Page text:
Thursday, January 10, 2008

Map of the Week 107-Mexico City 1550

The Map of Mexico 1550 Project was designed by Lily Diaz, a professor at Media Lab Helsinki. The map is reputed to have been authored by Alonso de Santa Cruz, royal cosmographer to emperor Charles V of Spain. It resides at the Uppsala University Library in Sweden. She took a series of overlapping, stereo images of the map and pieced them together as one digital image. Then a series of historical points of interest were laid on top with descriptions, photos and web links. As you zoom in on regions of the map these squares will get larger and pop up information as you hover over them. The author's description of the map is below:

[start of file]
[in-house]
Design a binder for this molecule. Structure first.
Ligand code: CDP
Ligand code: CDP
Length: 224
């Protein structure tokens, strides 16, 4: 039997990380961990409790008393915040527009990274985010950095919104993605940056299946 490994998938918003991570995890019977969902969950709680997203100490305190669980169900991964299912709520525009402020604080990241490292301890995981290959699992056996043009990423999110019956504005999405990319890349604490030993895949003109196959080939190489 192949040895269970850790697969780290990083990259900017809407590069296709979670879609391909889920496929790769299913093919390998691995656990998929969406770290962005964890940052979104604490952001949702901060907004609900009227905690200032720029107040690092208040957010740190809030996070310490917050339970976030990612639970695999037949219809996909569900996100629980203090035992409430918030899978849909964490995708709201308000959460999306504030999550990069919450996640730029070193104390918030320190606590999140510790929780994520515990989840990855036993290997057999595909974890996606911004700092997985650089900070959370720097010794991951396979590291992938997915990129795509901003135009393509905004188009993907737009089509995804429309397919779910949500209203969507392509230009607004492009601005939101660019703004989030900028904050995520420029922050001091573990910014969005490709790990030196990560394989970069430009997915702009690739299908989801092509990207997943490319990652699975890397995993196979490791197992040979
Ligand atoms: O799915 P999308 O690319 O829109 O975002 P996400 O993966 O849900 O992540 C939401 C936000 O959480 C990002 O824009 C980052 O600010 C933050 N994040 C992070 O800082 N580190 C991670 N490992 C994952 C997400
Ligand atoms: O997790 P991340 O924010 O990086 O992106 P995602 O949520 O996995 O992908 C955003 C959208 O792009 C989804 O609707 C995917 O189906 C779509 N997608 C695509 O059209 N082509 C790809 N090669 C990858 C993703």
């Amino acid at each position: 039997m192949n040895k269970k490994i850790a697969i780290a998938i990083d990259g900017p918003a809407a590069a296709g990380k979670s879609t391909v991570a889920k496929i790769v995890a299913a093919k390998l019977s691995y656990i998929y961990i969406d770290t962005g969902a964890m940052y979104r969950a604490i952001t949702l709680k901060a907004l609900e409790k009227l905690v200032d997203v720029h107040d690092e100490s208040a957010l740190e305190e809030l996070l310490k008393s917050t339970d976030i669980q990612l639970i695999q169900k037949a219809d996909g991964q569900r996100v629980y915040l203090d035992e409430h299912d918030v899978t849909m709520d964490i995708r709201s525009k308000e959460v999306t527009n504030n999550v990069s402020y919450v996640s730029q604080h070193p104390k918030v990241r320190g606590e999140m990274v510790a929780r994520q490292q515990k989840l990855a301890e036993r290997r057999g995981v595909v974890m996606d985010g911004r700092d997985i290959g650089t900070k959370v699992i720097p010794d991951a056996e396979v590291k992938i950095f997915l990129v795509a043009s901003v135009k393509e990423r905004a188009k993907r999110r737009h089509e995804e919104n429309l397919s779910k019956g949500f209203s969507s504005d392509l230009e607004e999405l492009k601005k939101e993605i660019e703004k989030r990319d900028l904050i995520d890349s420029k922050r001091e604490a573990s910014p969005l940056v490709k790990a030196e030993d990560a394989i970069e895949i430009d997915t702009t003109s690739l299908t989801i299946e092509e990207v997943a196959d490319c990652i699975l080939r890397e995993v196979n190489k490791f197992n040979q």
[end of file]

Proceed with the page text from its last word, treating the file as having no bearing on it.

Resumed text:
"Painted on two sheets of parchment joined together at the center, the map shows the city surrounded by water and with canals between its buildings. The clearly drawn roads over the mountains to other parts of the country permit us to retrace the routes taken by the Spanish conquerors. The map also provides abundant information about the ethnography and the flora and fauna of the region during the early colonial days"

3 comments:

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Michael5000 said...

Purty. And, uh, "likeable."

Michael5000 said...

...damned robots.